The Patented Medicine Prices Review Board (PMPRB) has issued a discussion paper outlining a series of options to address the implications of the Federal Court of Canada decision in the LEO Pharma case. In the Board's view, LEO Pharma requires changes in the practices used by the PMPRB regarding the calculation of the Average Price of a patented medicine for both filing and price review purposes. (See Drug Pricing & Reimbursement @ Gowlings, Issue 1, Nos. 6, 7, and 10.)
The discussion paper represents the next stage in consultations between the Board and its stakeholders on this issue. The Board has taken the view that the Federal Court interpreted the Patented Medicines Regulations, 1994 (Regulations) to require patentees to include all discounts, rebates and other benefits in the calculation of the Average Price of the medicine for price review purposes. This interpretation reverses a previous policy of the Board and has attracted considerable criticism from patentees and other stakeholders. In particular, they believe that it discourages patentees from supplying drugs at low or no cost for compassionate purposes. In addition, they have expressed concern with the Board's position, announced at the same time, that patentees ought to report payments to governments that have been negotiated in regard to public drug programs.
The discussion paper outlines eight options including some options to amend the Regulations and others to amend the Excessive Price Guidelines. The Board has not indicated a preference for any of the options.
None of the options presented by the Board include a return to the previous policy which gave patentees the flexibility to either include or exclude benefits provided under compassionate release programs and other special programs in the calculation of the average price, provided that they did so on a consistent basis. As some of the options appear to be directed towards establishing more elaborate rules that would apply to all patented medicines in future, it will be important for stakeholders and the Board to fully assess their implications.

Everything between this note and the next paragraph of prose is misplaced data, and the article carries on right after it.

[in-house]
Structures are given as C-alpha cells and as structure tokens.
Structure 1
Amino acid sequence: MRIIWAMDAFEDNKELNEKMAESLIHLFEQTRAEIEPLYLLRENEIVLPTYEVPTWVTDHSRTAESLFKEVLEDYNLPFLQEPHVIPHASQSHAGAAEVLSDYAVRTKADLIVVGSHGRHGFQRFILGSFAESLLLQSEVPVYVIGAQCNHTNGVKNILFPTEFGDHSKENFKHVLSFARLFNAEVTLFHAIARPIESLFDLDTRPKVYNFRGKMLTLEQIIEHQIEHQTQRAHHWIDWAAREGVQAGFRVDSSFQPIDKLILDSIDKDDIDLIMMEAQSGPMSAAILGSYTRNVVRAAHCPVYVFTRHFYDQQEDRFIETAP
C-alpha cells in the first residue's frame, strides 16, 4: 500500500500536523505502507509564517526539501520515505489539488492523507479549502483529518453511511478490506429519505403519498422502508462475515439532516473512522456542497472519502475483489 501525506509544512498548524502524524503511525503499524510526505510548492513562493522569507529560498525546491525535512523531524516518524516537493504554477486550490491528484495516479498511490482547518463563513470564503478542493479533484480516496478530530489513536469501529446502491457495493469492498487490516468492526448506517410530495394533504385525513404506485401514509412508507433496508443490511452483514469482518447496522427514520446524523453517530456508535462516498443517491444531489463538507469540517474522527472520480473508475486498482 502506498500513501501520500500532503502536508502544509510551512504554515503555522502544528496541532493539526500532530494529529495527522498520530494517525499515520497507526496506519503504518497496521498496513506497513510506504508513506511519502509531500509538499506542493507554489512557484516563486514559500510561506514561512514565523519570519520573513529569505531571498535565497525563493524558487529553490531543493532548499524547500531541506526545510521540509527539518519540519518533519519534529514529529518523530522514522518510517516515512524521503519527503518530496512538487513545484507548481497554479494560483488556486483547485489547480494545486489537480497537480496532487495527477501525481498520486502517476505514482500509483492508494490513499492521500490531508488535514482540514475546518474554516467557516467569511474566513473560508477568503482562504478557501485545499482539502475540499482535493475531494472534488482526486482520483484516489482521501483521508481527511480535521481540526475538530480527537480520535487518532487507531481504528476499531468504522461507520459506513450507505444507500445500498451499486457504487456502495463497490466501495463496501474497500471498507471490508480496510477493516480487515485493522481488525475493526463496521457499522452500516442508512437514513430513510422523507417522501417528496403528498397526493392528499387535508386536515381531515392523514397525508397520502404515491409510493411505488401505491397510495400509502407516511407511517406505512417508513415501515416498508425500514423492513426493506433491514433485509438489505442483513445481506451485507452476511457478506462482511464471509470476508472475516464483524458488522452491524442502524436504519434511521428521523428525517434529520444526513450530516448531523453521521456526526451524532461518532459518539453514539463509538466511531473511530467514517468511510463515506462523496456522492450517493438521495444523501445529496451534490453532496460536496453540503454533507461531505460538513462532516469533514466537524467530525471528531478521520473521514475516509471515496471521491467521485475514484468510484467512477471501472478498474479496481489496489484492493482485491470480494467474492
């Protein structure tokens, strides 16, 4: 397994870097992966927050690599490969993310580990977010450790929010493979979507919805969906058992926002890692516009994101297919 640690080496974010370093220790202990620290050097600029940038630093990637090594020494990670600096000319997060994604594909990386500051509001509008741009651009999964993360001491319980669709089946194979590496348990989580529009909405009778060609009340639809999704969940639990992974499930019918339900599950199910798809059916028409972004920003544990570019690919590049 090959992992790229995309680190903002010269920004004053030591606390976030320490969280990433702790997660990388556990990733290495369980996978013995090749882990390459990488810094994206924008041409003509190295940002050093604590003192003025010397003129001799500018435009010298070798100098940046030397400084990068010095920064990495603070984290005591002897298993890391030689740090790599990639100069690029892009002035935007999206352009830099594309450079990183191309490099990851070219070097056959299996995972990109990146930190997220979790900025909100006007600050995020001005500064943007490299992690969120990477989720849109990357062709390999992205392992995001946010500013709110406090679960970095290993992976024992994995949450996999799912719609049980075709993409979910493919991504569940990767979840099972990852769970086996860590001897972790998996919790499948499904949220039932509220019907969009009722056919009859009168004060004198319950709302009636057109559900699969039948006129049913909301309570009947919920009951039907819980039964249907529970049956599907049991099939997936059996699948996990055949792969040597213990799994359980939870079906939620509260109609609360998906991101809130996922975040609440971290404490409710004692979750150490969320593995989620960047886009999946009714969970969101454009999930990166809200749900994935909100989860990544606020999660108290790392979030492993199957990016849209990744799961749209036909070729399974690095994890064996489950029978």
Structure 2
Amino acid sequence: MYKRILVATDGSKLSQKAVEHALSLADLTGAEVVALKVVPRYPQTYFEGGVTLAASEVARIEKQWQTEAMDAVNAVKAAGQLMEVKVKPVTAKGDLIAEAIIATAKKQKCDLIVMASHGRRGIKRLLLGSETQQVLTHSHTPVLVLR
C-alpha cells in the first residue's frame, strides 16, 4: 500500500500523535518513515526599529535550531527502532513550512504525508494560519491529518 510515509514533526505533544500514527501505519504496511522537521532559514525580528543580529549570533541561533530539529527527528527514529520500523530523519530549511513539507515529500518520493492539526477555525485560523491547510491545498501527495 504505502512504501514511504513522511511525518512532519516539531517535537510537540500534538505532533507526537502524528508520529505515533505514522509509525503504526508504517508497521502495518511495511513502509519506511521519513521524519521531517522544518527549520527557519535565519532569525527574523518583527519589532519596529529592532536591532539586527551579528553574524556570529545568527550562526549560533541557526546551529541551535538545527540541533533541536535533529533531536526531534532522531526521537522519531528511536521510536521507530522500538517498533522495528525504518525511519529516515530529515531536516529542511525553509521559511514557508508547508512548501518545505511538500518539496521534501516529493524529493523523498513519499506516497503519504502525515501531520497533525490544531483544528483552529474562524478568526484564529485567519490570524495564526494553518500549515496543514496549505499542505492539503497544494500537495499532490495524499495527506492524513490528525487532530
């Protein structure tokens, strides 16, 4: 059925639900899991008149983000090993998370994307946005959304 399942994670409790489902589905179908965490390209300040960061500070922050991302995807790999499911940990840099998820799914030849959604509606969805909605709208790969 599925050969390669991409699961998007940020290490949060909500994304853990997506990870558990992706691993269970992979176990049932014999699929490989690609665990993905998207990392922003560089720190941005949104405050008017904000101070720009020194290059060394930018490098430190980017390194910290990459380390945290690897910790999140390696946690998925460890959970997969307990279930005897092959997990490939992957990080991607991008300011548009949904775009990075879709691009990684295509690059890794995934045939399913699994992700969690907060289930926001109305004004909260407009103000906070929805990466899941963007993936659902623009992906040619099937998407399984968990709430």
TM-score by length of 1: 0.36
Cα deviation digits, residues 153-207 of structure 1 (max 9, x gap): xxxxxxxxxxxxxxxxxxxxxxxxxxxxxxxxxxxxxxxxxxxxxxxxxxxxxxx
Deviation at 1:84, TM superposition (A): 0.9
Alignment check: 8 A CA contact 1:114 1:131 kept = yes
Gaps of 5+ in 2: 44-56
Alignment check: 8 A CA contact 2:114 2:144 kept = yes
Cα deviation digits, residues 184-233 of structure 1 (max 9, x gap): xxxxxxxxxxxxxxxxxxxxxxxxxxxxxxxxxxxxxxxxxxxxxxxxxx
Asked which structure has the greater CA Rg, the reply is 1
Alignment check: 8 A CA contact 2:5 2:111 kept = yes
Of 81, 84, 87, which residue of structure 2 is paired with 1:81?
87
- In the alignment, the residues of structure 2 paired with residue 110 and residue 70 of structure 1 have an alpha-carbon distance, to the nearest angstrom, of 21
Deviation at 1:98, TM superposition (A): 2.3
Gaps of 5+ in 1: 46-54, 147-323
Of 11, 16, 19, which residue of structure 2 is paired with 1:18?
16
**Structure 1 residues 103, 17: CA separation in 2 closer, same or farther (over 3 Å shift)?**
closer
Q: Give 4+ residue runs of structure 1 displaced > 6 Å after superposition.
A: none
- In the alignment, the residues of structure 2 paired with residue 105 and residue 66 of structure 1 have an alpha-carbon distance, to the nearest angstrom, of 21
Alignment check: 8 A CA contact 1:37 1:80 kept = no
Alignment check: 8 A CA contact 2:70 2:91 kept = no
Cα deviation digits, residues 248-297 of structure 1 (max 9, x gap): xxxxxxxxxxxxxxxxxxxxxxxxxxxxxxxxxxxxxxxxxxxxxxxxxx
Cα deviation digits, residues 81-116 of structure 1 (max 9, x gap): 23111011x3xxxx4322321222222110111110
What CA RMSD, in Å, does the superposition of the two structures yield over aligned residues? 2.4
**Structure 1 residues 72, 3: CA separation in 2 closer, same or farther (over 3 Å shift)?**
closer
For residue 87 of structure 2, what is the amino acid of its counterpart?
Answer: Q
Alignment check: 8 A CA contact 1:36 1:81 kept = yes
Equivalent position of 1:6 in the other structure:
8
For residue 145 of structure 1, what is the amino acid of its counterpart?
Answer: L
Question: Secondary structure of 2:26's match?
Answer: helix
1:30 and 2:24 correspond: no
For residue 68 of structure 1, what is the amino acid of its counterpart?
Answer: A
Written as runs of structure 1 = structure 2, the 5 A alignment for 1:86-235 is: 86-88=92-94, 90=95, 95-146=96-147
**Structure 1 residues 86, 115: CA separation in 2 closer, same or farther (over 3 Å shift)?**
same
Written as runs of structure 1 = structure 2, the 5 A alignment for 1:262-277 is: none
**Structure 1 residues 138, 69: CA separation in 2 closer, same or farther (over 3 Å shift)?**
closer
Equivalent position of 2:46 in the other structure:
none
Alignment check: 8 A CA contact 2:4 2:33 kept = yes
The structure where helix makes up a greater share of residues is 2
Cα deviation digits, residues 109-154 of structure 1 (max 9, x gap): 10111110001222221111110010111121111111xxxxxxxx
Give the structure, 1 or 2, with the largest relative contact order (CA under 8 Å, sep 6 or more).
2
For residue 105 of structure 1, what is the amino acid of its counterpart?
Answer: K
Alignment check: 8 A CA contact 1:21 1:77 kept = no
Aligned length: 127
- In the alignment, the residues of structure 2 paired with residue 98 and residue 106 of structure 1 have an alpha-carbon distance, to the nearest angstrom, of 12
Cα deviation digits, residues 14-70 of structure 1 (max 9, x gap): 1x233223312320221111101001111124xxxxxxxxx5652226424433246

The six regulatory options can be summarized as follows:
- Apply the Board's interpretation of the LEO Pharma decision as set out in its April 2007 Newsletter;
- Amend the Regulations to specifically exempt the reporting of payments to third party payers (including public drug plans);
- Amend the Regulations to exclude some or all "free goods" from the Average Price;
- Amend the Regulations to change "free services" to "services (free or partially subsidized)" in the Average Price;
- Amend the Regulations to exclude "gifts" from the Average Price; and
- Amend the Regulations to permit the Board, in a hearing, to exclude benefits provided for the purpose of lowering the patentee's liability for excessive pricing.
The two options for changes to the guidelines would address situations where the Average Price in one year declines due to a new or increased benefit. In the first option, the MNE price in the year following the price decline would be the highest previous non-excessive Average Price. The second option offers a variation on the first by providing that the MNE price may be the higher of introductory MNE price and the highest previous non-excessive Average Price if the Average Price declines due to a new or increased benefit.
The second option is intended to address situations where sales in the introductory period include some discounts or free goods. Under both options, the Board considers that some constraint on one-year price increases would be appropriate.
The Board has asked stakeholders to submit comments on the discussion paper to the Secretary of the Board by March 3, 2008.
For a copy of the PMPRB Discussion Paper, Options for Possible Changes to the Patented Medicines Regulations, 1994 and the Excessive Price Guidelines, please visit: